Recently another “accidental” opportunity led to the discovery that vacuum tubes were still alive and well and he returned to his “TWT roots” working for satcom amplifier company Comtech Xicom Technology.  A company that he had designed the first Ku band travelling wave tubes for their original amplifiers some 20 years earlier.

Carruthers holds a Master’s Degree in Engineering Management from Santa Clara University and is perhaps the only TWT Engineer who is also a Certified Interior Designer (NCIDQ) and a LEED Accredited Professional (US Green Building Council).

Carter Armstrong
L-3 Communications Electron Devices

Carter Armstrong has been involved with one aspect of RF vacuum electronics or another for forty years. He received his AB in Physics from Rutgers University in 1972 and his PhD in Physics (nonneutral electron plasmas) from the University of Maryland, College Park in 1976. His career has included stints in academia (North Carolina State University), government (Naval Research Laboratory) and industry (Northrop Grumman, L-3 Communications). While in industry, he has been extremely active in bringing the next generation of engineers and scientists into the field of vacuum electronics and its related technical disciplines.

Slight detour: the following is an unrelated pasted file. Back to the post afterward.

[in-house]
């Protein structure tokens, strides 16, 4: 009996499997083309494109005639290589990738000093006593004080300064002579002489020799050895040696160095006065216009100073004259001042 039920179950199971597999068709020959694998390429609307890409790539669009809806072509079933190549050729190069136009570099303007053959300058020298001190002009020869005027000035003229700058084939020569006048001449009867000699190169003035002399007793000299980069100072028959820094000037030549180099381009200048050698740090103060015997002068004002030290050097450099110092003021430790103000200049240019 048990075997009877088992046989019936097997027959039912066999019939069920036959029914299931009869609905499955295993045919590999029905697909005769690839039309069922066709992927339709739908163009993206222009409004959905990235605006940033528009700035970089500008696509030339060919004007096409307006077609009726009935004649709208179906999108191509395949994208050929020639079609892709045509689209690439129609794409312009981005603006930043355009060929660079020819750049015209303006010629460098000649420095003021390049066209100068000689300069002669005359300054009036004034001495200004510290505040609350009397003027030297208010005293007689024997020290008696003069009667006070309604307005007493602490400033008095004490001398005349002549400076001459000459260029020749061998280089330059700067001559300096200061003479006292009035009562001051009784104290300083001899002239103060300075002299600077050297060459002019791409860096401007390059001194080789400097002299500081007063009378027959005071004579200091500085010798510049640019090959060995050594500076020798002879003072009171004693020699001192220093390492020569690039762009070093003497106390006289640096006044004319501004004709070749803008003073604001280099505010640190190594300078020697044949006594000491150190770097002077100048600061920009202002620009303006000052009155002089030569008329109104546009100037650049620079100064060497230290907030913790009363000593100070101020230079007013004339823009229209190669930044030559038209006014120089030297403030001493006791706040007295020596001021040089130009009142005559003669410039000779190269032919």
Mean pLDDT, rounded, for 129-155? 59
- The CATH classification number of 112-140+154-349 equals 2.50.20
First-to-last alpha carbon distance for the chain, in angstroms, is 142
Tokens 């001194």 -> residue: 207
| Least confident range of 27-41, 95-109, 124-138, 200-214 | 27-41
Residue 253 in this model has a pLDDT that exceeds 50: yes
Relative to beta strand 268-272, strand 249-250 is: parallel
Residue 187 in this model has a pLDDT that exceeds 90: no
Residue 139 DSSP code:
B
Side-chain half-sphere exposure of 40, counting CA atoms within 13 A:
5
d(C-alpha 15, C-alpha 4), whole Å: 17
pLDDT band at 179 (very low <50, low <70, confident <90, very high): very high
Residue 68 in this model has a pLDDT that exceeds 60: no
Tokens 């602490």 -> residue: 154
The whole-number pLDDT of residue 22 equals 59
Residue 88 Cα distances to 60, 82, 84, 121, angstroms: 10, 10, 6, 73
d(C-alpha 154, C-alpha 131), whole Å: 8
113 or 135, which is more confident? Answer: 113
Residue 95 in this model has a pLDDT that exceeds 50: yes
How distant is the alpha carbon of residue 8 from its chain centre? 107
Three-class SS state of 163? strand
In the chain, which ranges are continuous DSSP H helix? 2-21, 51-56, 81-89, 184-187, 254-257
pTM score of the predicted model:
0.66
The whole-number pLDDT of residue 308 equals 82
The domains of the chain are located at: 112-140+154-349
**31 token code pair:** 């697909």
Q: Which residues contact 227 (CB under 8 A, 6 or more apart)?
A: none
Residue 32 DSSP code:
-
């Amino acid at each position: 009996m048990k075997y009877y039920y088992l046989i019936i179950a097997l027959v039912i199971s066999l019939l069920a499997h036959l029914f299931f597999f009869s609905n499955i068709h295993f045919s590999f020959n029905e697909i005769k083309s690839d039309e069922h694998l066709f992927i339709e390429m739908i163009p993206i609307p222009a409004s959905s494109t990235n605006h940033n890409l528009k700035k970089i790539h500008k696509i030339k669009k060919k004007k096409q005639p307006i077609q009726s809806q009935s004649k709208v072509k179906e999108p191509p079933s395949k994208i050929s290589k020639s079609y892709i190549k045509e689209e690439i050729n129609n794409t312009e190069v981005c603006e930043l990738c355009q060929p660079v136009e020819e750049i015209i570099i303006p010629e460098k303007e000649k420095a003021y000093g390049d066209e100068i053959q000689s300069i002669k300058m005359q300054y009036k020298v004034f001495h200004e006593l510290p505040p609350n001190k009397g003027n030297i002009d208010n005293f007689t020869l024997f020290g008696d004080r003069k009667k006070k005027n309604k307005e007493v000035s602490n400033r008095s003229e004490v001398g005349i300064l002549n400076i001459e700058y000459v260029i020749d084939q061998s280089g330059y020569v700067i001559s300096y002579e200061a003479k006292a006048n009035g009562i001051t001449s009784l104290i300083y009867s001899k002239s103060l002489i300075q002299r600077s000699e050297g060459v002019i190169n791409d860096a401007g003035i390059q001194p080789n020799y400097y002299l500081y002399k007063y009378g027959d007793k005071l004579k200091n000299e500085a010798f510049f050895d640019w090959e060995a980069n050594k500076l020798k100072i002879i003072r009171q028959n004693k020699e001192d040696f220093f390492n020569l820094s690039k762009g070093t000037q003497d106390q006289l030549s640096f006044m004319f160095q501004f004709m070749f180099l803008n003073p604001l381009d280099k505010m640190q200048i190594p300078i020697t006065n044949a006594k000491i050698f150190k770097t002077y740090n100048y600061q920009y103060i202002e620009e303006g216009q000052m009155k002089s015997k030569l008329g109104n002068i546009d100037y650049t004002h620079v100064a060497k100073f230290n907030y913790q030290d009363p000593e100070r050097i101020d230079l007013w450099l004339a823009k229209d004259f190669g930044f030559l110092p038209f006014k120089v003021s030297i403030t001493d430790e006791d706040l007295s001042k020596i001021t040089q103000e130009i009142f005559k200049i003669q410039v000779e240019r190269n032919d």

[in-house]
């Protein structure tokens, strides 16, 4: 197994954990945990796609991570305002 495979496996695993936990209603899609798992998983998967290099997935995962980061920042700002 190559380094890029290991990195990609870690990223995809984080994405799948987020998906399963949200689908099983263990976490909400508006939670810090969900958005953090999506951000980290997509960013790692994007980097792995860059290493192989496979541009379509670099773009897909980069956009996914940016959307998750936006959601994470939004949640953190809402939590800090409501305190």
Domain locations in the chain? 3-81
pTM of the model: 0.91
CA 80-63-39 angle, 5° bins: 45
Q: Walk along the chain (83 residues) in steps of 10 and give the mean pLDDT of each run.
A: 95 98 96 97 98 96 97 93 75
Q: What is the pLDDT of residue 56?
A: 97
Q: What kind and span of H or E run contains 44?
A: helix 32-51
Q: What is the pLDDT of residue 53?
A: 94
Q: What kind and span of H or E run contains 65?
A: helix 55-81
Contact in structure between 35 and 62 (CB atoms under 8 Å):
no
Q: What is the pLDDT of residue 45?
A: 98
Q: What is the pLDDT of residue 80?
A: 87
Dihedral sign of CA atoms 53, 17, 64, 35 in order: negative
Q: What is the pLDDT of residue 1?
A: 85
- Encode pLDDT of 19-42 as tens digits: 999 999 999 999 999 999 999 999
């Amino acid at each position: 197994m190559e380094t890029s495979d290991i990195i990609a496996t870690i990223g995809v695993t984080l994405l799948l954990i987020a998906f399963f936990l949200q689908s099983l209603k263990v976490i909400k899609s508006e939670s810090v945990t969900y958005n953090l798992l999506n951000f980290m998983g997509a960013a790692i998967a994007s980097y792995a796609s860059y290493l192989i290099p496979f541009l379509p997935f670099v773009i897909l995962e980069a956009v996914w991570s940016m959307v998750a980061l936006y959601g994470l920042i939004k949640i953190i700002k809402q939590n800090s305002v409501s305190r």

Carter has been an adjunct professor in the ECE Department at the University of Wisconsin-Madison since 1996. He was elected an IEEE Fellow in 2013.  Carter is not shy about telling it like he thinks it is. He recently published the feature article, “The Truth about Terahertz,” in the September 2012 issue of IEEE Spectrum detailing the realities of working in the THz region of the electromagnetic spectrum.
Carter M. Armstrong is the recipient of the 2013 John R. Pierce Award for Excellence in Vacuum Electronics.


Bertrand Beaumont
ITER Organization

Bertrand Beaumont is working in the ITER project as responsible officer of the Ion Cyclotronic (40 to 55MHz) and Lower Hybrid (5GHz) heating and current drive systems. He started his career back in 1981 in the team of the Tokamak de Fontenay aux Roses (TFR) in Commissariat à l'Energie Atomique, already in RF heating and current drive systems, and worked later in the Radio Frequency division in JET, the European fusion experiment settled in UK, developing and implementing the Ion Cyclotron antennas. From then, he joined the Tore Supra team in the nuclear research center of Cadarache, and developed the Ion Cyclotron system before becoming later Group Leader of the RF systems used in Tore Supra, covering a wide range of frequency between 40 MHz and 118 GHz, and making use of tetrodes, klystrons and gyrotrons, all in the MW range of CW power. As the ITER project was growing, reaching political and technical maturity, he became more and more involved and joined the project in 2006. He holds an engineer degree of Ecole Centrale de Lyon and an engineer degree of the Institut National des Sciences et Techniques Nucléaires.